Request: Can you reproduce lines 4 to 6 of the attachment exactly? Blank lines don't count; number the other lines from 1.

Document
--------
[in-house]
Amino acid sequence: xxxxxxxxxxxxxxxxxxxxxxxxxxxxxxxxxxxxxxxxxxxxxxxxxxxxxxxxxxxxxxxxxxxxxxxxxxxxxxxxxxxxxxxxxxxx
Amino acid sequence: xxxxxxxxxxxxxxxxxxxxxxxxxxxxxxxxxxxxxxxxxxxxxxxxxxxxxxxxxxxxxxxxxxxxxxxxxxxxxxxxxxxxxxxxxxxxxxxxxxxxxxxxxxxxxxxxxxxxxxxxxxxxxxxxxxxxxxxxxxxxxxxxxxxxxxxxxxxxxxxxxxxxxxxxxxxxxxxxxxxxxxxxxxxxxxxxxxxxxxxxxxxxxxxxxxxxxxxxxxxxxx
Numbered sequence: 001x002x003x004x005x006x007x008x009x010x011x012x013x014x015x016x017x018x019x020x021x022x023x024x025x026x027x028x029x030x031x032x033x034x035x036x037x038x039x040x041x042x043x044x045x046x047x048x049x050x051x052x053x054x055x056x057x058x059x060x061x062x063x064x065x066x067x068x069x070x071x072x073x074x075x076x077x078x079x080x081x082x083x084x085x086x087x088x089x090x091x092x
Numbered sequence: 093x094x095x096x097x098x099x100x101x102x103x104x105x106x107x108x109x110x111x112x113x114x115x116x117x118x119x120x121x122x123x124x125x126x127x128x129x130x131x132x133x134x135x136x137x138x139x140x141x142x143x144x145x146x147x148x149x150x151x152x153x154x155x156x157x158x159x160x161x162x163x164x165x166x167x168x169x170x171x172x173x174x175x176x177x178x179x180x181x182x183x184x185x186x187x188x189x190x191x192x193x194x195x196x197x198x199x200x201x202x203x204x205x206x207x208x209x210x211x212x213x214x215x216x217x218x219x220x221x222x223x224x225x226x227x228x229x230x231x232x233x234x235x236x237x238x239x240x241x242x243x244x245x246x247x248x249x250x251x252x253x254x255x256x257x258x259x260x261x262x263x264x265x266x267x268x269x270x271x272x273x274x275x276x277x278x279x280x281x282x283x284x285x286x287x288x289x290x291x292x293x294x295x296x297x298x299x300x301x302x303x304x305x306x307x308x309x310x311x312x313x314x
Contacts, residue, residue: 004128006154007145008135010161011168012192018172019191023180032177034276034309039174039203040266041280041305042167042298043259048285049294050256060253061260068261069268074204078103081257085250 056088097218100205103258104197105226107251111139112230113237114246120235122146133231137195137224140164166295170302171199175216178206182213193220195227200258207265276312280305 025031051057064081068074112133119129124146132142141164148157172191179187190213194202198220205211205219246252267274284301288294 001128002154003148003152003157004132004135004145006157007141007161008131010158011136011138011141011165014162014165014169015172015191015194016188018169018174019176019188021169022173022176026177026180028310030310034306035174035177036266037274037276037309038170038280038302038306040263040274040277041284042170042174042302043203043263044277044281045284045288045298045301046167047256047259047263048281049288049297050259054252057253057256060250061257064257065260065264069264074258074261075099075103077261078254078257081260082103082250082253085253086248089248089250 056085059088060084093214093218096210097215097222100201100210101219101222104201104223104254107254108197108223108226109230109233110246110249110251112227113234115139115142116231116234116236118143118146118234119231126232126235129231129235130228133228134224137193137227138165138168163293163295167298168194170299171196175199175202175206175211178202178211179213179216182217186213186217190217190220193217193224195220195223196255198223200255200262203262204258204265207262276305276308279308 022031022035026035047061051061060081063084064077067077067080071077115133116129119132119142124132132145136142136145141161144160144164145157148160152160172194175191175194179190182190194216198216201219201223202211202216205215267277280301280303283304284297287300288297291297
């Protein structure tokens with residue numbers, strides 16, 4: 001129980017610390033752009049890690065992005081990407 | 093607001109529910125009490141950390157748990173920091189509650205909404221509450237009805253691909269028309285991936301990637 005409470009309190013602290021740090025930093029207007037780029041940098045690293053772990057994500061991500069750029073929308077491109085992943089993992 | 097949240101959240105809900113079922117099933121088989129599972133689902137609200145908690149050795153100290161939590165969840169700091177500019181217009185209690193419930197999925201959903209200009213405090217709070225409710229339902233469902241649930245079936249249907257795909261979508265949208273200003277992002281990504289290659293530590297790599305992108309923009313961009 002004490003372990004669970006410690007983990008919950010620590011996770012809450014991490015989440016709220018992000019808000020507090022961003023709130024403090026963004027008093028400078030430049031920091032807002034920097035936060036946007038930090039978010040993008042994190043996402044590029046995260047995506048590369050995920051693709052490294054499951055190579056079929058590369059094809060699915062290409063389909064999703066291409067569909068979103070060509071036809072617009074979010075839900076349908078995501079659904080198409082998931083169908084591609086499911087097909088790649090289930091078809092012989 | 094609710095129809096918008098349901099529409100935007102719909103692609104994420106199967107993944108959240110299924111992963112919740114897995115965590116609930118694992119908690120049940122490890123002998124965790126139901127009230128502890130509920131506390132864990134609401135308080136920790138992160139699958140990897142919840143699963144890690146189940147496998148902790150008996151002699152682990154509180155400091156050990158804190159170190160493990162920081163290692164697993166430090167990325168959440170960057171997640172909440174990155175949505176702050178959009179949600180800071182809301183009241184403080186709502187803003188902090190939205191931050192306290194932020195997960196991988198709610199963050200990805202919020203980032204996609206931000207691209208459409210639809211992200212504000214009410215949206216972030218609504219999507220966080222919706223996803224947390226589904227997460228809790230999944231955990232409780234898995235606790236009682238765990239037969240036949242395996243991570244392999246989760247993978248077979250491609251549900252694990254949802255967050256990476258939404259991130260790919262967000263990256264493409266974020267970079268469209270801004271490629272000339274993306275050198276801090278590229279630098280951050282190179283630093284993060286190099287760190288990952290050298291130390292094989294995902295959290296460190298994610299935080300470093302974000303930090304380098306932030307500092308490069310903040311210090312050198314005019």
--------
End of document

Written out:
Numbered sequence: 001x002x003x004x005x006x007x008x009x010x011x012x013x014x015x016x017x018x019x020x021x022x023x024x025x026x027x028x029x030x031x032x033x034x035x036x037x038x039x040x041x042x043x044x045x046x047x048x049x050x051x052x053x054x055x056x057x058x059x060x061x062x063x064x065x066x067x068x069x070x071x072x073x074x075x076x077x078x079x080x081x082x083x084x085x086x087x088x089x090x091x092x
Numbered sequence: 093x094x095x096x097x098x099x100x101x102x103x104x105x106x107x108x109x110x111x112x113x114x115x116x117x118x119x120x121x122x123x124x125x126x127x128x129x130x131x132x133x134x135x136x137x138x139x140x141x142x143x144x145x146x147x148x149x150x151x152x153x154x155x156x157x158x159x160x161x162x163x164x165x166x167x168x169x170x171x172x173x174x175x176x177x178x179x180x181x182x183x184x185x186x187x188x189x190x191x192x193x194x195x196x197x198x199x200x201x202x203x204x205x206x207x208x209x210x211x212x213x214x215x216x217x218x219x220x221x222x223x224x225x226x227x228x229x230x231x232x233x234x235x236x237x238x239x240x241x242x243x244x245x246x247x248x249x250x251x252x253x254x255x256x257x258x259x260x261x262x263x264x265x266x267x268x269x270x271x272x273x274x275x276x277x278x279x280x281x282x283x284x285x286x287x288x289x290x291x292x293x294x295x296x297x298x299x300x301x302x303x304x305x306x307x308x309x310x311x312x313x314x
Contacts, residue, residue: 004128006154007145008135010161011168012192018172019191023180032177034276034309039174039203040266041280041305042167042298043259048285049294050256060253061260068261069268074204078103081257085250 056088097218100205103258104197105226107251111139112230113237114246120235122146133231137195137224140164166295170302171199175216178206182213193220195227200258207265276312280305 025031051057064081068074112133119129124146132142141164148157172191179187190213194202198220205211205219246252267274284301288294 001128002154003148003152003157004132004135004145006157007141007161008131010158011136011138011141011165014162014165014169015172015191015194016188018169018174019176019188021169022173022176026177026180028310030310034306035174035177036266037274037276037309038170038280038302038306040263040274040277041284042170042174042302043203043263044277044281045284045288045298045301046167047256047259047263048281049288049297050259054252057253057256060250061257064257065260065264069264074258074261075099075103077261078254078257081260082103082250082253085253086248089248089250 056085059088060084093214093218096210097215097222100201100210101219101222104201104223104254107254108197108223108226109230109233110246110249110251112227113234115139115142116231116234116236118143118146118234119231126232126235129231129235130228133228134224137193137227138165138168163293163295167298168194170299171196175199175202175206175211178202178211179213179216182217186213186217190217190220193217193224195220195223196255198223200255200262203262204258204265207262276305276308279308 022031022035026035047061051061060081063084064077067077067080071077115133116129119132119142124132132145136142136145141161144160144164145157148160152160172194175191175194179190182190194216198216201219201223202211202216205215267277280301280303283304284297287300288297291297